Every piece of plastic that’s ever made, still exists. It results in a floating garbage dump in the ocean, full of life. While this (geo)design was never intentional, humans created it. Conceptual material designer Shahar Livne thinks it is time for a more inclusive view on plastic, one that goes beyond the human perspective.
The Pacific Ocean is home to a rich population of animals and plants, big and small. It’s also home to the notorious Great Pacific garbage patch, an island of marine debris and plastic particles that’s about three times the size of France. Some of the plastic particles are less than five millimeters in size and can be more than fifty years old.
The plastisphere—the ecosystems that have evolved to live in human-made plastic environments—could be considered as “industrial ecosystems”. These are ecosystems that couldn’t have evolved without human intervention.
If we would accidentally create a new ecosystem that’s able to flourish and grow in “infected” areas, should we put it to and end?
Let’s take for example, the nuclear accident at Chernobyl. Here, genetic consequences of radiation in plants and animals were recorded in so-called exclusion zones, during the first year after the accident in 1986. Still, various anomalies (as an effect of radiation), both in and out of the exclusion zone, were reported in experimental research on plants and animals in the area. Whether these anomalies have detrimental biological consequences is still unknown.
Paradoxically, the recovery of affected biota in the exclusion zone was facilitated by the removal of human activities (like agriculture or industry). As a result, many plant and animal populations have been able to grow, within their current environment—this being beneficial for these biota. The exclusion zone turned into a sanctuary for biodiversity, where the effects of new anomalies could be seen as catalysts of evolution.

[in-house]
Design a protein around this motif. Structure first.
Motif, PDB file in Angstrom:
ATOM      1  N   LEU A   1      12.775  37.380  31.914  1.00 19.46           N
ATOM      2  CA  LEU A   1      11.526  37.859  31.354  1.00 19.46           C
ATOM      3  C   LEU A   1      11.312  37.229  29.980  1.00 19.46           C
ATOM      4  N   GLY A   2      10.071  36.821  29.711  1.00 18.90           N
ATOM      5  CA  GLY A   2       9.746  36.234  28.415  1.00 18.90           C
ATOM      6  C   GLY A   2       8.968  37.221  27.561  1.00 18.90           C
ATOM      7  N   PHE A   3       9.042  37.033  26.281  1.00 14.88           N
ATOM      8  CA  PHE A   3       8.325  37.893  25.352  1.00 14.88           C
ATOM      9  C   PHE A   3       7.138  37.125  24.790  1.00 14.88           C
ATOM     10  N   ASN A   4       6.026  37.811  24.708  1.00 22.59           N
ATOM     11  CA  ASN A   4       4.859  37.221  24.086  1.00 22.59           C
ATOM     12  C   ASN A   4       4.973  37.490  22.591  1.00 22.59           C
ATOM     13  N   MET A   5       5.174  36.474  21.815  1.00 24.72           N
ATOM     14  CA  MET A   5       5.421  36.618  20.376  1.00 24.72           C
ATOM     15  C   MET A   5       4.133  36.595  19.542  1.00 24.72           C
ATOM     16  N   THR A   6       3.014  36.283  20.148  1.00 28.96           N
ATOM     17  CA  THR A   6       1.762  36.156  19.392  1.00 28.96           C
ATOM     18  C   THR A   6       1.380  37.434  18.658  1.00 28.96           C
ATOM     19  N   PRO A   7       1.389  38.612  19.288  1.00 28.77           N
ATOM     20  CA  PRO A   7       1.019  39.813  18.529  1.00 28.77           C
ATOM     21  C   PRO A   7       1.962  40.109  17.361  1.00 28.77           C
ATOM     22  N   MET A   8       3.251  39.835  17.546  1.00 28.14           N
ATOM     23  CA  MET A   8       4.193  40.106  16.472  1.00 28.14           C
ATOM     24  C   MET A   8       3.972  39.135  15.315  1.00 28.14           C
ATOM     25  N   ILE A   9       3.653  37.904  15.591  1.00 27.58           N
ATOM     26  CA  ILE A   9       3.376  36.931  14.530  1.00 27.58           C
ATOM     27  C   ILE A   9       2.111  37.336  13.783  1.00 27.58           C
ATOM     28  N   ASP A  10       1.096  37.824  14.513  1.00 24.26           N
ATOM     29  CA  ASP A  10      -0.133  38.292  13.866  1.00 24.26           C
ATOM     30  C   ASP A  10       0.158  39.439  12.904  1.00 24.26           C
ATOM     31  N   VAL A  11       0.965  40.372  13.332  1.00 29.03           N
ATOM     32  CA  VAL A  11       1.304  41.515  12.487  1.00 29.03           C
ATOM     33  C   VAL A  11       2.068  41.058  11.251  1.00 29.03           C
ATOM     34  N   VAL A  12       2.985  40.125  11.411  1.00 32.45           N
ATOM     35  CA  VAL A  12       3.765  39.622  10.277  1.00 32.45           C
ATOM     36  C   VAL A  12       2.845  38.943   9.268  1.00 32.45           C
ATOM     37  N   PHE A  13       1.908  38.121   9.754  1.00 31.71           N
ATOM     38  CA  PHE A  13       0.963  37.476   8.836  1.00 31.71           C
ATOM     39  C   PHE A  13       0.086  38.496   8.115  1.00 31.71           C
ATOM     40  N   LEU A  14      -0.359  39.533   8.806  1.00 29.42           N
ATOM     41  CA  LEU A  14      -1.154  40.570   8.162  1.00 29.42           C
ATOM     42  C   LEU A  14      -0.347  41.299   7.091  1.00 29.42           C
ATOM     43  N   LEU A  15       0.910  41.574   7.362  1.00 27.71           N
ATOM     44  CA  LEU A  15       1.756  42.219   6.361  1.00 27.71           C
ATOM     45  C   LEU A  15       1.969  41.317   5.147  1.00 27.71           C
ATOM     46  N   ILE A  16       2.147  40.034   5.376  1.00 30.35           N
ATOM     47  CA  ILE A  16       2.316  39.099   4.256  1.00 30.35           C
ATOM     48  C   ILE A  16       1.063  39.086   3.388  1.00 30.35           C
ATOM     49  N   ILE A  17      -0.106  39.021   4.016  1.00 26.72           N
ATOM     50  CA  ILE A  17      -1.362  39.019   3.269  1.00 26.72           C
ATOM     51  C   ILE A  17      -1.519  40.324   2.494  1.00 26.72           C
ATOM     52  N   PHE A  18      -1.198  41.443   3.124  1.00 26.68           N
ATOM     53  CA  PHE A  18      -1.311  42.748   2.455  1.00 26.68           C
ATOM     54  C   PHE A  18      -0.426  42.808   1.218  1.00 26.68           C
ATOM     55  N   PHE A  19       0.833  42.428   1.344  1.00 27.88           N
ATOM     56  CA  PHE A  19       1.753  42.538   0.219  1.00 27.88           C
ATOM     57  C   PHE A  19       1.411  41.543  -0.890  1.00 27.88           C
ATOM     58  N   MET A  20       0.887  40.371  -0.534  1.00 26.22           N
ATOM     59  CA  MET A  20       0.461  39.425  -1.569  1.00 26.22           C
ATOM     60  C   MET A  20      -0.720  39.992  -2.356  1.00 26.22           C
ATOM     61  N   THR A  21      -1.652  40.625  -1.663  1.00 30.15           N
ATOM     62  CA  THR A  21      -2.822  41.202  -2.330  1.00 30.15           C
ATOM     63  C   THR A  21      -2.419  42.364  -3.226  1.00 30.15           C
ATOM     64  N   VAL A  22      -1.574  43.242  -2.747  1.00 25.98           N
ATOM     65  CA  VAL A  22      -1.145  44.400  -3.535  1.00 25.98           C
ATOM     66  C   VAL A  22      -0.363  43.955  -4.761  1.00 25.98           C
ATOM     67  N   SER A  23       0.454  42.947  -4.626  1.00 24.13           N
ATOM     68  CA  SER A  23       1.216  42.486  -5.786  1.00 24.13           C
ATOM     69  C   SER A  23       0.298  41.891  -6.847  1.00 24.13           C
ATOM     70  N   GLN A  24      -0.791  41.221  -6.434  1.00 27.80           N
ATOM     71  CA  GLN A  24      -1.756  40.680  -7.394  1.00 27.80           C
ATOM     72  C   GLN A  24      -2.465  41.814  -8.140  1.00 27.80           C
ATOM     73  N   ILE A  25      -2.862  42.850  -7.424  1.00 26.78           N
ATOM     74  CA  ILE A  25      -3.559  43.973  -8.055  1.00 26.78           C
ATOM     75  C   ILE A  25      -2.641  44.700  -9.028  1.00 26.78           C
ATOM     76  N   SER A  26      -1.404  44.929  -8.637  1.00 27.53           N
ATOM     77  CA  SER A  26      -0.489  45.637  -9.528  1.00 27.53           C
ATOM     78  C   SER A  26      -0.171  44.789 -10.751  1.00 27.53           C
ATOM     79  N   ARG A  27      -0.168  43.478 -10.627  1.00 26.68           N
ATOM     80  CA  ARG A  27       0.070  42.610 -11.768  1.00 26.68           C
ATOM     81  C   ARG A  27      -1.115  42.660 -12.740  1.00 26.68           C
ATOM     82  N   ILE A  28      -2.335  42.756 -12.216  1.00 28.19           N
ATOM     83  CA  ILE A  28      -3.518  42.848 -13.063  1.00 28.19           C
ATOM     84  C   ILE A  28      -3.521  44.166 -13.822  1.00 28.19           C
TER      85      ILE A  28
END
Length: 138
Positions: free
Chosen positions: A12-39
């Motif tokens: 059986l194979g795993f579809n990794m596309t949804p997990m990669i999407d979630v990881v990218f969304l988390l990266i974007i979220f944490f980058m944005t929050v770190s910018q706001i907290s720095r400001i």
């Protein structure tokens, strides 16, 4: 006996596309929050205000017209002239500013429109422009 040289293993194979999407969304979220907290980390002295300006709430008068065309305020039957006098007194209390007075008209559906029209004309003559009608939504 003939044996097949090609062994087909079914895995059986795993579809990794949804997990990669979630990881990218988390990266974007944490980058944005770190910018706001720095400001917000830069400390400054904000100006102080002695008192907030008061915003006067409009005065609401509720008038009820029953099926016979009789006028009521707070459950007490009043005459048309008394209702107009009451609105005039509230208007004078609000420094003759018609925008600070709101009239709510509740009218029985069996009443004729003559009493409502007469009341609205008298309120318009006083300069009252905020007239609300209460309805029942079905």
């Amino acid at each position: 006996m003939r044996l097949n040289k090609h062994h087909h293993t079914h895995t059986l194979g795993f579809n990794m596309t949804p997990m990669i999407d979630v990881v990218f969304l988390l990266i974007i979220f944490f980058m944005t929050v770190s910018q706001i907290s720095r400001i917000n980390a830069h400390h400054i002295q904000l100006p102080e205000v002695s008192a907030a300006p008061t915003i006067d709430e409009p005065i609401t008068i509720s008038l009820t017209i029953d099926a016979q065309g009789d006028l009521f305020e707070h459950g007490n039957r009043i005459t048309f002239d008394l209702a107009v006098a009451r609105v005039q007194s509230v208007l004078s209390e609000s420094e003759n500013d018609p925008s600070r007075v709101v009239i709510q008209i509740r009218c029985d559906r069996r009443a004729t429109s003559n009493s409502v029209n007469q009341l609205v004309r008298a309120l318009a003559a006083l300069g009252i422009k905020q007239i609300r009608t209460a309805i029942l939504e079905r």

Ask yourself, if we would accidentally create a new ecosystem that’s able to flourish and grow in “infected” areas, should we put it to and end? As the Chernobyl example illustrates, within infected areas new organisms could arise, in turn causing the ecosystem to adjust itself and to grow dependent—in this case nuclear waste. The same thing could be said about plastic waste.
Plastic might be the newest nutrient within this planet’s ecosystems
According to scientists the effect of this floating plastic dump on the ocean’s ecosystems is poorly understood, particularly the effect of microbial communities that profit from it; the plastics are inhabited, eaten and used as transportation. To “clean up” these plastics, if it were possible, would disrupt and destroy these unique ecosystems that owe their existence to the material. Ecosystems, that in the end might be able to support the initial ecosystems we are trying to save in the first place.
Could it be that this large-scale cleaning project fundamentally misunderstands nature’s way of working? Although it is tempting to think the perfect natural paradise existed, before humans got their hands on it, we need to realize that nature has always been in motion. Nature is a dynamic rather than a static reality. Plastic might be the newest nutrient within this planet’s ecosystems. The only sensible way to think about plastic, is as raw next nature material, waiting for its (symbiotic) counterpart to evolve. Until then, nature will find a way.
Shahar Livne is a conceptual material designer located in Eindhoven, The Netherlands.